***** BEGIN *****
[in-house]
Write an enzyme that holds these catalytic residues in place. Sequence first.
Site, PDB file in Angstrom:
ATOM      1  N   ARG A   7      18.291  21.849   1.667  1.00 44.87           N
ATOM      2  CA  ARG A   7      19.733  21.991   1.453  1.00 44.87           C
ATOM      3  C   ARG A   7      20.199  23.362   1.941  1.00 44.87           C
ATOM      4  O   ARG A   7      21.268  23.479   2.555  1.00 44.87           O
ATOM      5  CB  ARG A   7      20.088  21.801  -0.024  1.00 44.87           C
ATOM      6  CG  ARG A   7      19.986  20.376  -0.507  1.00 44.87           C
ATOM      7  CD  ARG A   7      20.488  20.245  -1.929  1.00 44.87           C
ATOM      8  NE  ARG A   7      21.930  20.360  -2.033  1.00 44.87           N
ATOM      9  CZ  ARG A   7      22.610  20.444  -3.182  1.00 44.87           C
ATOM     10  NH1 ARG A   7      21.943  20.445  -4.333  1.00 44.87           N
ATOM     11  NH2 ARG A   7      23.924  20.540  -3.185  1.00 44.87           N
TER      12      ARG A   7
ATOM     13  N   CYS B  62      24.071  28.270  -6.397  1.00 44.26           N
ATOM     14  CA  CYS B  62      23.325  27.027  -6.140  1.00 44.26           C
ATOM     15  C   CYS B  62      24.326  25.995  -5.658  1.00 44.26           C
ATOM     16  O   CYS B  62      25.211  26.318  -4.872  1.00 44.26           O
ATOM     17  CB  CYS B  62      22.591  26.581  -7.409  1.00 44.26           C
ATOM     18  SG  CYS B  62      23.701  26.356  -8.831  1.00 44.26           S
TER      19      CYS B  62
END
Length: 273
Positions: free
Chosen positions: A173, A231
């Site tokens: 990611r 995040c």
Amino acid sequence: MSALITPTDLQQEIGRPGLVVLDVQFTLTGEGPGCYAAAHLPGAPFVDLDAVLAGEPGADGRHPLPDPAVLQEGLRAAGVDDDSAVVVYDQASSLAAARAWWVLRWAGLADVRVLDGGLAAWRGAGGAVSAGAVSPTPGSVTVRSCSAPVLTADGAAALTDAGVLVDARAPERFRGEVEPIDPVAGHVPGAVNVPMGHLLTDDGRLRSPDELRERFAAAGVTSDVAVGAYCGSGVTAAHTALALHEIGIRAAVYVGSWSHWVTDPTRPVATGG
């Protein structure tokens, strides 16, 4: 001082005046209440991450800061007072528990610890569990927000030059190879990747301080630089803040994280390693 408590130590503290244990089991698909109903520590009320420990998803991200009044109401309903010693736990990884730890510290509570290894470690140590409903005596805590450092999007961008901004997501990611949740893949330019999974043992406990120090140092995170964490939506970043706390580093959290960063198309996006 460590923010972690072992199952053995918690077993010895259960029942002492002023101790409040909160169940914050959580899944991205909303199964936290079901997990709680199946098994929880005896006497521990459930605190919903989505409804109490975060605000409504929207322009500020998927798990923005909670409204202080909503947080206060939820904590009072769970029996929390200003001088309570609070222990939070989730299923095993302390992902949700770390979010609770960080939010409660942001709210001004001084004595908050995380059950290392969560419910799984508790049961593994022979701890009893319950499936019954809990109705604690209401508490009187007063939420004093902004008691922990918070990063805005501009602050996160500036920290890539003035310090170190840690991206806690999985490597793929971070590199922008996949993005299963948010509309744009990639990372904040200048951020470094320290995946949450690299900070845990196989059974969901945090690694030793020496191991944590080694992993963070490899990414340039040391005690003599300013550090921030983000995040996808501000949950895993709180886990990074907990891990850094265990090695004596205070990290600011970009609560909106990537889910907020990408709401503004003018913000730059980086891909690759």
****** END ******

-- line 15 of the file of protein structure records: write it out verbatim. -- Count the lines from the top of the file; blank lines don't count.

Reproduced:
TER      12      ARG A   7